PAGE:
Gambling is a form of activity that involves risking something of value (money or goods) on an event whose outcome depends on chance, such as lotteries, casino games and sports betting. It also includes activities that involve a mixture of skill and chance, such as scratchcards and fruit machines. People gamble to win additional money or material goods, or for the thrill of it. The risks involved in gambling can include addiction, financial loss and damage to health and well-being. Gambling can cause negative impacts on individuals, families and the community, including increased debt, financial strain, unemployment and homelessness. Some of these effects can have long-term consequences, creating a change in the life course of an individual and even pass between generations. These effects are categorized into three classes: financial, labor and health and well-being.
Despite the wide popularity of gambling, there are many negative impacts. Problem gambling can be a significant threat to the financial and psychological wellbeing of individuals, resulting in problems such as poor credit management, unmanaged debt, family discord, low self-esteem and social isolation. In addition, excessive gambling can have a negative impact on a person’s health and well-being, contributing to depression and anxiety, as well as increasing the risk of developing cardiovascular disease, stroke and other illnesses.
The motivations for gambling are diverse, and may be influenced by personal factors such as income and family background. In some cases, gambling is a way to alleviate unpleasant emotions such as boredom or loneliness, and it can also provide a distraction from other issues such as domestic violence or substance use. However, it is important to recognise that there are healthier ways to relieve unpleasant feelings, such as exercising, spending time with friends who don’t gamble, and practicing relaxation techniques.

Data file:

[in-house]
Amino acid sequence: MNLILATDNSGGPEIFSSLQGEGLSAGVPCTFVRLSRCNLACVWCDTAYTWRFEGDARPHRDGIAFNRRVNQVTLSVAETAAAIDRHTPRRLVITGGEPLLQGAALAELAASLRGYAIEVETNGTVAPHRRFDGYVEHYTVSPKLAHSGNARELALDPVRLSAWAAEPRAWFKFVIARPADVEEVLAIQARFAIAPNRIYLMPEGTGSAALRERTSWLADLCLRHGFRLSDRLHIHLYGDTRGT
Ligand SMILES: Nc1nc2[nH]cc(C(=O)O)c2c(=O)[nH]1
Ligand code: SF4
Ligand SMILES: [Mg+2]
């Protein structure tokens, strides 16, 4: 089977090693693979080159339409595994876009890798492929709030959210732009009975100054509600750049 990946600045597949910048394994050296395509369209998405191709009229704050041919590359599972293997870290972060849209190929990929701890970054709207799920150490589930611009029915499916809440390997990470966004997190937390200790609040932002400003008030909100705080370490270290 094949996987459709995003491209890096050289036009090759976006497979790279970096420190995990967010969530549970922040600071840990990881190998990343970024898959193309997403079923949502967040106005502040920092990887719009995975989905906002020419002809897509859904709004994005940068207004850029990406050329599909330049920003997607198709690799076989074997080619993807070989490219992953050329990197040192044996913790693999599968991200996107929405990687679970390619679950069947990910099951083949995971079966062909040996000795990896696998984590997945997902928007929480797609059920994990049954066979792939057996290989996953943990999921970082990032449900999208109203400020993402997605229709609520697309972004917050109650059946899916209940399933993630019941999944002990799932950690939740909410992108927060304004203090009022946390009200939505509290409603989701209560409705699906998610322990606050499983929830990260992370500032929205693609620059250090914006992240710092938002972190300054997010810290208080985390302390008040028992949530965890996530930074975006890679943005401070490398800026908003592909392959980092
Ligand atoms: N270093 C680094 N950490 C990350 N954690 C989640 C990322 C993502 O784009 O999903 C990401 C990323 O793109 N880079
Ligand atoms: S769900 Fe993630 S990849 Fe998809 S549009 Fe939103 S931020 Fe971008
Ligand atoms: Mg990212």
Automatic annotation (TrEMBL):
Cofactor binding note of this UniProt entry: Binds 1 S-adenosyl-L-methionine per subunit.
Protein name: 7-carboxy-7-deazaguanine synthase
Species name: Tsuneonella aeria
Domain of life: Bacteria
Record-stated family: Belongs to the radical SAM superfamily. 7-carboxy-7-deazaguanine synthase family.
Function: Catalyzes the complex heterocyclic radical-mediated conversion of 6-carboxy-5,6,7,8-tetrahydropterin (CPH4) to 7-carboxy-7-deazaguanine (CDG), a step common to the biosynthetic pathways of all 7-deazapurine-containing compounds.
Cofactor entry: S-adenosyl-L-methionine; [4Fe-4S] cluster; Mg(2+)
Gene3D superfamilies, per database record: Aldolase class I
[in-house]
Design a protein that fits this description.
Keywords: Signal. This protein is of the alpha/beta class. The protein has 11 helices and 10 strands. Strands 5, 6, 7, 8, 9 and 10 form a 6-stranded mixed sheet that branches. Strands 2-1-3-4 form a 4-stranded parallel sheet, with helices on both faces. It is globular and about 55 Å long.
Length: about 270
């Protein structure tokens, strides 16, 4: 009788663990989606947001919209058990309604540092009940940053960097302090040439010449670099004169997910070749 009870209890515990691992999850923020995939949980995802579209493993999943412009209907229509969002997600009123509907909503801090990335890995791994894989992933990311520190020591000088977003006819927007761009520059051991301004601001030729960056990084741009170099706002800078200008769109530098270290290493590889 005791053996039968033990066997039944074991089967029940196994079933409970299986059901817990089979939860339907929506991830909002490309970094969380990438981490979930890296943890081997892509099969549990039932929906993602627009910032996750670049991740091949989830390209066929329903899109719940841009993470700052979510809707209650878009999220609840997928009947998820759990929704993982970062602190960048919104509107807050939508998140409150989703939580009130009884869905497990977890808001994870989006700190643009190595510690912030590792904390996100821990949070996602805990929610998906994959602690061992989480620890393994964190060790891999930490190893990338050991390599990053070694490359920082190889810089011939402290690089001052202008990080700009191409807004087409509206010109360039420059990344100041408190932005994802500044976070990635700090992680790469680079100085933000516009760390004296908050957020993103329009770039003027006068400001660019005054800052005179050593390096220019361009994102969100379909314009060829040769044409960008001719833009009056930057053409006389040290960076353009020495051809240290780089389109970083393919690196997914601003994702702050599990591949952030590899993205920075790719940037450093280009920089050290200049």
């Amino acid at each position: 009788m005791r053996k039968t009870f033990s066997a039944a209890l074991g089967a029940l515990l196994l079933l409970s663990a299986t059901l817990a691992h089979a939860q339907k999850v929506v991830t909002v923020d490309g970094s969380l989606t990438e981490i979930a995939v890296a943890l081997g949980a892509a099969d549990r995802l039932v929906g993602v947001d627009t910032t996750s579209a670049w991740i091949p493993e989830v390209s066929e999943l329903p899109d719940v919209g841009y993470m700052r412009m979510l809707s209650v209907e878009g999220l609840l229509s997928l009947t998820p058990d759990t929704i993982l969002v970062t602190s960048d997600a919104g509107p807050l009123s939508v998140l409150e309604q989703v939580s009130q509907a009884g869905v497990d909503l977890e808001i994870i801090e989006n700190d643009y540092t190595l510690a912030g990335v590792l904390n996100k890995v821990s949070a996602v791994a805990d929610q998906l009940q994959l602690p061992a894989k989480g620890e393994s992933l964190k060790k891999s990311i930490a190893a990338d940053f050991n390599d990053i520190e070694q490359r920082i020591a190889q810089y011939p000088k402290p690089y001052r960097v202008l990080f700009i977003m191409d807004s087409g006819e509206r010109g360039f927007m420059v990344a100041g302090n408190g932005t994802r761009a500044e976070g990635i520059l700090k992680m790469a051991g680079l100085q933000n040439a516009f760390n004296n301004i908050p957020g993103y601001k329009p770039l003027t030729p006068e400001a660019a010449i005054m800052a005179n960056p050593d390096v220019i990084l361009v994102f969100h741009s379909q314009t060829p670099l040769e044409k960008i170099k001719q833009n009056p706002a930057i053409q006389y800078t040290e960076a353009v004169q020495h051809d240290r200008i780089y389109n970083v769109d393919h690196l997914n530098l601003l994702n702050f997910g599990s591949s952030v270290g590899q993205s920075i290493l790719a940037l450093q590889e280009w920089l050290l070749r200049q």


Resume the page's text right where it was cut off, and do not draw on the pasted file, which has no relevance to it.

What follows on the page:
Studies have focused on examining the economic costs and benefits of gambling, which are easy to quantify. However, social impacts are less widely understood. This is partly because they can be more difficult to measure, and because they often appear as a combination of individual and collective behaviour.
Methodological challenges include defining what constitutes a “social cost” and how to measure it. For example, some social costs are invisible and may be hidden in other forms of expenditure, such as lost productivity and employee absenteeism. Others are directly related to the behaviour of gamblers, such as the fear of losing employment or a lack of confidence in their abilities.
Another challenge is the difficulty in conducting longitudinal studies on gambling. This is because it can be difficult to maintain research team continuity over a long period of time, and because there are difficulties with re-testing and sample attrition. Moreover, there is the possibility that some participants will hide their gambling activities or lie about them, which can confound analysis. Nonetheless, longitudinal studies are becoming increasingly commonplace, sophisticated and theory-based. However, further progress in this area is needed.